A Researcher begins his research journey by first writing a survey paper in the domain of his research. Writing a survey paper helps a researcher to i) understand his domain of research thoroughly ii) Identify the existing research gaps, iii) Understand the various parameters and their role in solving the problem and iv) Infrastructure and Data set requirements for research. A survey paper is also a service to the scientific community. You are doing research for young research scholars. Instead of reading a vast amount of papers to understand what a scientific topic is about, a researcher just needs to read your paper and can start his research at the earliest with a clear direction in mind.
What is expected in a survey paper? A survey paper is a research paper which lists and analyses the latest research works in a particular research domain of interest. The survey paper derives some conclusions from the work carried out so far and provides new avenues for future research. A good survey paper provides a concise but broad review of a domain that is accessible to a wide range of readers who are naive and willing to carry out research in the domain presented. This introduces two primary challenges for writing such a survey paper.
The first challenge is to pick representative papers from within the research area and summarize them. There can be a vast amount of papers available and survey paper has limited space to capture the key work in the field. The author needs to go through abstracts and conclusions for a relatively large number of papers and select a subset that covers the selected topic area for detailed reading and presentation in the survey. Identifying the papers having higher citations and which are published in conferences and journals of high reputation will have to be given higher priority for selection.
The second challenge is to make the reader comfortable in reading and comprehending the analysis done for the various research papers. The author has to go through each paper considered for the survey at least two-three times before deriving any conclusion.
A survey paper should
- Pick at least 10-20 papers on a specific topic from the collected paper list.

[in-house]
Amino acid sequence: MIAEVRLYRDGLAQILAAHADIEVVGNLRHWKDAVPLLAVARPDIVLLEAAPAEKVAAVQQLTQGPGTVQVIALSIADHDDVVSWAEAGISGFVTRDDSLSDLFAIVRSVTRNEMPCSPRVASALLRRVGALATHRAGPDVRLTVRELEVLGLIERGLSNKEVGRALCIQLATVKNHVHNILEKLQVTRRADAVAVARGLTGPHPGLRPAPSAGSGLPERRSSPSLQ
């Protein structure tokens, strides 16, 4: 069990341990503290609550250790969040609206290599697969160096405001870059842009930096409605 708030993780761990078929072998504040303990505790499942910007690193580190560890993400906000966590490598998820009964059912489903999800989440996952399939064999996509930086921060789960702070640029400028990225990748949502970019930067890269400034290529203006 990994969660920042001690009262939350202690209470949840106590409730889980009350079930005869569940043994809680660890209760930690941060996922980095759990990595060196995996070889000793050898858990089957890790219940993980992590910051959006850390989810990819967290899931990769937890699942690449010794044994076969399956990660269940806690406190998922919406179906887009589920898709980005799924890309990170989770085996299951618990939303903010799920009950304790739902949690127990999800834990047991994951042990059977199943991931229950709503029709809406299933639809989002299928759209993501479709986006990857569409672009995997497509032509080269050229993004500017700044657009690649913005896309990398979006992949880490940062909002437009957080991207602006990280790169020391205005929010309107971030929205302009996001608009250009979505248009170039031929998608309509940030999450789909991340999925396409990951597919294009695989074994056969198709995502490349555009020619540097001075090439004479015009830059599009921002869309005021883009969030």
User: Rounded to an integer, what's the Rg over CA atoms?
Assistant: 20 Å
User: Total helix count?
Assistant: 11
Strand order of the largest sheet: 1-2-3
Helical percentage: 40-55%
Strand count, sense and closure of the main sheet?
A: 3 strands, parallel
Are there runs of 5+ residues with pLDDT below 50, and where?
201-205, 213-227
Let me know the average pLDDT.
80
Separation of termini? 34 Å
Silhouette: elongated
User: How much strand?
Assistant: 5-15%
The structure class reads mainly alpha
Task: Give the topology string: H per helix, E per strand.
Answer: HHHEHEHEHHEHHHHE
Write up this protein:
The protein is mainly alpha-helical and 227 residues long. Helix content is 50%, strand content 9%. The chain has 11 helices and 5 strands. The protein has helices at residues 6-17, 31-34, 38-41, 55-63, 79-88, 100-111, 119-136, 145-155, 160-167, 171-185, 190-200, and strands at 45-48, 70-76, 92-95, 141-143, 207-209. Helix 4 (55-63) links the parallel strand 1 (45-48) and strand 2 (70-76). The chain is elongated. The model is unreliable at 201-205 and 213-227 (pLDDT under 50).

- The papers selected should be a mix of papers including the base paper in the selected domain to the most recently published paper.
- Should have an analysis of the significance of the approach and the results presented in each paper
- Give a critical assessment of the work that has been done.
- Include a discussion on future research directions
- Give precise details of the experimental setup used for carrying out research in each paper
- Compare only those works which have a common experimental platform or data set. Otherwise, you have to recreate a common platform or use common data set and test the methodologies used in various platforms.
A typical structure of a survey paper includes the following 06 Sections as discussed below
1. Eye-Catching “Title” for the Survey Paper
The primary function of a title is to provide a clear summary of the paper’s content. So keep the title brief and clear. Use active verbs instead of complex noun-based phrases, and avoid unnecessary details. Moreover, a good title for a research paper is typically around 10 to 12 words long. A lengthy title may seem unfocused and take the readers’ attention away from an important point. A good research paper title should contain keywords used in the manuscript and should define the nature of the study. Think about terms people would use to search for your study and include them in your title. Do not use abbreviations in the title. Usually, a Title for a survey paper starts with ” A Survey on …..”, “Recent trends in ….”, “Advances in…..”. Some survey papers end with “…….: A Survey”. For example ” A Survey on leaf image analysis for bacterial disease detection”; ” Advances in leaf image analysis for bacterial disease detection”; or “Leaf image analysis for bacterial disease detection: A Survey”.
2. Giving an overview of the Survey paper through the “Abstract” Section
The abstract is a summary of a research paper describing the problem investigated, the methods applied, the main results and conclusions. Abstracts are a good way to summarise the key contents of a paper, from the research it uses to the ideas you want to share with the reader. It is a single paragraph containing a minimum of 200 words up to 300 words. An abstract offers a preview that highlights key points and helps the audience decide whether to view the entire work.